Gnocchi is by far my favorite dish at any Italian restaurant. I love it when it is paired with a meat like proscuitto, or pancetta. I also love it with truffle oil or pesto. I most recently had it at Paprika, and it was pillowy soft melt in your mouth amazing. Other notable places I've had it at Alta (equally melt in your mouth delish) and Araxi in Whistler (with lamb and black truffles. OHHHH EMMMM GEEEE).
First we started by making the sauce - with some red onions.
Canned plum tomatos, chopped, and then simmering with the onions.
Boiling the yukon gold potatoes
My sous chef is investigating while I oversee what he is doing
I'm not exactly how tender the potatoes are supposed to be - so I just kept checking on them till I could stick a fork through them.
My mom is peeling the potatoes after they have cooled off. Last time I made gnocchi, we didn't have a ricer, and we thought maybe that is why the gnocchi didn't come out as soft and pillowy. This time, we got a ricer. However, the second secret to soft, pillowy, melt in your mouth gnocchi, is also not over-handling the dough. This is a tough step to master. I've only made gnocchi three times in my life (including this time), and this third try was probably the closest I've gotten to good restaurant quality/Italian grandmother type gnocchi. So, perhaps the ricer was the trick!
After ricing the potatoes, we mixed them with some flour and some salt.
My sister was an expert gnocchi log roller. You should have seen my fat caterpillar-esque logs compared to her slim logs. She had a secret technique for making the log long without over-handling it. I tried to do it that way but...well...not so successful.
This is how we got the ridges in our gnocchi. Flicking the gnocchi across the fork tines (see recipe/directions below).
Gnocchi ready to boil!
Some freshly grated pecorino romano
My sous chef is asleep! He is very tired I guess
You only need to boil the gnocchi for a few minutes - maybe 2 max, till they float to the top.
Enjoying some fresh, warm, more or less soft-ish, gnocchi
Gnocchetti all'Amatriciana Tiny Potato Dumplings with Tomato, Onion and Pancetta Sauce adapted from The Gourmet Cookbook
This particular recipe for gnocchi did not include egg, but most do. We also omitted the pancetta and made it vegetarian.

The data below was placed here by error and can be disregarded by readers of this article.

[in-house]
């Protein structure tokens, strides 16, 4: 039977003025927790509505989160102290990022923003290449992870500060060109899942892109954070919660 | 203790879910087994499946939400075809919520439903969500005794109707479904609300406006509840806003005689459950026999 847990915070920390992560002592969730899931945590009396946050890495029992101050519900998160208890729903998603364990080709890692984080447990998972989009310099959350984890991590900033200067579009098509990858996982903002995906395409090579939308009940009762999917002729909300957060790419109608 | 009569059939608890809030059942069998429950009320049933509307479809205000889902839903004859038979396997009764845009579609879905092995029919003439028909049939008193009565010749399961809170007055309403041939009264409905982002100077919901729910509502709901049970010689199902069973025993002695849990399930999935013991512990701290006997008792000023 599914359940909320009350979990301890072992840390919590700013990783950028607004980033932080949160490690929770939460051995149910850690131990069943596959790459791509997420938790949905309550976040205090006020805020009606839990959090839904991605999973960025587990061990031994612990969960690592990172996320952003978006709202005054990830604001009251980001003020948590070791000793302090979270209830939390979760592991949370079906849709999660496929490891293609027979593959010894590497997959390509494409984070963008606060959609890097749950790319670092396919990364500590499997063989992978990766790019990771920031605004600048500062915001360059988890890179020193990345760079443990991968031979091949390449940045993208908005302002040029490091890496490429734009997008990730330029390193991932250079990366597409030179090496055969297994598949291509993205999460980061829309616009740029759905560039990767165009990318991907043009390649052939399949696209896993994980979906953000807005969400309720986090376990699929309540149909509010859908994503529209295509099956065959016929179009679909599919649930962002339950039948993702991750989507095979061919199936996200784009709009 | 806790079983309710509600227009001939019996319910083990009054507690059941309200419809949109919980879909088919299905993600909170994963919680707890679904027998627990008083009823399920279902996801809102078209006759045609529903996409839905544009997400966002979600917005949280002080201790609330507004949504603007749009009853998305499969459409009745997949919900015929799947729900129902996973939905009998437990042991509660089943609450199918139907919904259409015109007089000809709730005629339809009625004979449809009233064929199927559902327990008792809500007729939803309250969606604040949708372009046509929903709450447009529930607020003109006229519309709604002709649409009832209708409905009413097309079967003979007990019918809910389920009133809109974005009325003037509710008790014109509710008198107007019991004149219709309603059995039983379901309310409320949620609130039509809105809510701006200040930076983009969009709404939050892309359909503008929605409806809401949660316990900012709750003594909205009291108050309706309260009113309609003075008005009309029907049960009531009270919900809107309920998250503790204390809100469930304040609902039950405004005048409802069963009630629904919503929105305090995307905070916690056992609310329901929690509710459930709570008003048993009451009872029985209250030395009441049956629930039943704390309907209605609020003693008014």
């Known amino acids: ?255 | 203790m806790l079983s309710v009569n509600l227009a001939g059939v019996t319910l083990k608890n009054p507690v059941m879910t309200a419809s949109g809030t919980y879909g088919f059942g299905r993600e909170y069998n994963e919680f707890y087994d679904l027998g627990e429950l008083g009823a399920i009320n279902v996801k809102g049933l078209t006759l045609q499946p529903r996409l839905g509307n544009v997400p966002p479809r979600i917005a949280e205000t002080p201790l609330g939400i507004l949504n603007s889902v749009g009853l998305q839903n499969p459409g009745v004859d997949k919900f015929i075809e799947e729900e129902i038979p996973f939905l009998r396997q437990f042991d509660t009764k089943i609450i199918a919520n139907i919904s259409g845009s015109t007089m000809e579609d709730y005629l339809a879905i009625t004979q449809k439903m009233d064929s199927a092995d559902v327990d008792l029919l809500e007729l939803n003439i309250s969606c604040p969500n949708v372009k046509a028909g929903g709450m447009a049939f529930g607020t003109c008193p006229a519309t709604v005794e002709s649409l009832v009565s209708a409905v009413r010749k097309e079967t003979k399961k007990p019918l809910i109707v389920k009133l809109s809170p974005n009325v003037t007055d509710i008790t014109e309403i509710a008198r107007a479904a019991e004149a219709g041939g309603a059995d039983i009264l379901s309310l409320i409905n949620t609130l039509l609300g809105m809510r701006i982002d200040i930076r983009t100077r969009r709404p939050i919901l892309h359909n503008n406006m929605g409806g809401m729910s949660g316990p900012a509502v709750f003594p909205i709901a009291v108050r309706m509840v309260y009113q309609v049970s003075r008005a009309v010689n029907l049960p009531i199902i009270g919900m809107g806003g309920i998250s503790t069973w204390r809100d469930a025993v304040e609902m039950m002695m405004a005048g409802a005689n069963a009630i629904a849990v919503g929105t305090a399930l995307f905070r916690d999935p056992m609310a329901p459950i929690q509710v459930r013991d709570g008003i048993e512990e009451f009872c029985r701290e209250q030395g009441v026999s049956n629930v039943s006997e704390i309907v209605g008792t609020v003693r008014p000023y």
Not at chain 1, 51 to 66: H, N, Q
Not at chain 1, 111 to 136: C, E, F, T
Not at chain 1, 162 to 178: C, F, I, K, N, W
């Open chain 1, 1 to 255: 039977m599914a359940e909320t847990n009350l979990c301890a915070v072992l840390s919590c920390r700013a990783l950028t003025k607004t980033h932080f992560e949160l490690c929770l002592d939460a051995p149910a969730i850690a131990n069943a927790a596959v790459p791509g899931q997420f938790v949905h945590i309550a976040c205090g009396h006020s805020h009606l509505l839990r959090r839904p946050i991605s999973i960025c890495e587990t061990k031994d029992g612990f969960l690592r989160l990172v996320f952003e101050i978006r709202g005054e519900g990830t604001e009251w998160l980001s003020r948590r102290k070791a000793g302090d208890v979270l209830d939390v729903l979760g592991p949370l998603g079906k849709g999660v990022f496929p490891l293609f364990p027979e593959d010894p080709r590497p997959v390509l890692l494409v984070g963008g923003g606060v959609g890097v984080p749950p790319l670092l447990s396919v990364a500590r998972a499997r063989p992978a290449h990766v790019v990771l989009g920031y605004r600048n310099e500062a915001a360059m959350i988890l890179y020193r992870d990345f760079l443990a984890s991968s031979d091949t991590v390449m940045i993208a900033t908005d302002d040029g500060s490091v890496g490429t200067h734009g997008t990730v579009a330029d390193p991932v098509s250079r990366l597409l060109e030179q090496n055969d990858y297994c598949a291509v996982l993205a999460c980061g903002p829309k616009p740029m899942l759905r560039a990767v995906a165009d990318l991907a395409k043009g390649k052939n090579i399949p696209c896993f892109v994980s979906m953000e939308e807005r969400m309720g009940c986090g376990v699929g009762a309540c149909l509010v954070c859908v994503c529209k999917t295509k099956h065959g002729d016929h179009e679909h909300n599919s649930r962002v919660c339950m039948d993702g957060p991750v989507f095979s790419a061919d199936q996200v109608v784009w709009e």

- 1 tbsp. olive oil
- 1 large red onion, finely chopped (1 1/4 cups)
- 1 small garlic clove, minced
- 1 (28-ounce) can plum tomatoes, drained (juice reserved) and finely chopped
- 1/2 cup water
- 1 tsp. sugar
- 1/2 tsp. salt
- 1 1/2 pounds yellow-fleshed potatoes (I used yukon gold. Other choices would include bintje or yellow finn, but yukon are very easy to find)
- 1 1/2 cups all-purpose flour, plus additional for dusting
- 1 1/4 tsp. salt
- Finely grated pecorino romano
- a potato ricer or food mill
Make the sauce: Heat oil in a 5 to 6 quart heavy pot over moderately high heat until hot but not smoking. Add the onions and cook, stirring, until the onions are golden, about 6 minutes or so. Add the garlic and cook, stirring, until golden, about 1 minute. Add tomatoes, with their juice, water, sugar, and salt. Bring to a simmer, and continue to simmer, uncovered, until thickened about 30 minutes. Remove from the heat.
In a separate pot, combine the potatoes with salted water (about 1 tbsp. salt per every 4 quarts water) to cover by 2 inches in a large pot, bring to a simmer, and simmer, uncovered, until very tender (this took about 30 minutes). Drain in a colander and let cool slightly.
As soon as the potatoes are cool enough to handle, peel. Force warm potatoes through ricer or food mill into a large bowl. Add the flour and salt, and stir with a wooden spoon (not sure why wooden spoon but maybe something about transferring taste or starchiness? no clue.) until the mixture begins to come together. Gently form the dough into a ball and cut in half.
Knead each half on a lightly floured surface until smooth, about 1 minute. Cut each half into 10 equal pieces.
Keep the remaining pieces covered with a kitchen towel (so they don't become dry). Roll 1 piece of dough into a 14-inch-long rope (1/2 inch thick). Cut the rope into 1/4-inch pieces and toss lightly with flour on your work surface. One at a time, press a piece of dough against tines of a floured fork and push with a floured thumb in a forward rolling motion toward end of tines, letting dough fall onto a well-floured baking sheet with sides. Note that this should be more of a flick of the thumb (think scrolling through your iPhone playlist to get to the bottom) as opposed to dragging (like trying to move your iPhone applications from one screen to another).
Reheat your sauce over low heat and keep it warm.
Cook the gnocchetti in batches. Just before cooking, shake each batch in a sieve to knock off the excess flour. Drop each batch into a pot of boiling, salted water until they float, somewhere between 1 to 2 minutes. With a slotted spoon, drain any water, and transfer to a large bowl. Spoon some sauce on top, and sprinkle some cheese on each serving to taste.
As I mentioned, this was by far the best gnocchi I've made. Not all were soft and pillowy, in fact, some where really doughy and tough, but it came out okay as the sauce made all gnocchettis taste yum. I'm going to keep on trying recipes out till they come out Paprika/Araxi/Alta perfect. I might have to find a gnocchi class. Or, find an Italian grandmother to help me out.
You can make the sauce up to 2 days in advance and keep it in the fridge (covered of course).
The gnocchetti was the most time-consuming step of the process. If my sister and I hadn't been working together, it would have taken me FOREVER. You can make them up to 1 week ahead. Freeze them in a single layer on a floured baking sheet, covered, until firm, about 3 hours. Transfer to a sealable plastic bag and freeze.
When you are ready to cook, don't de-thaw them, and do not shake off the excess flour. Boil the gnocchetti for about 2 minutes or a bit longer.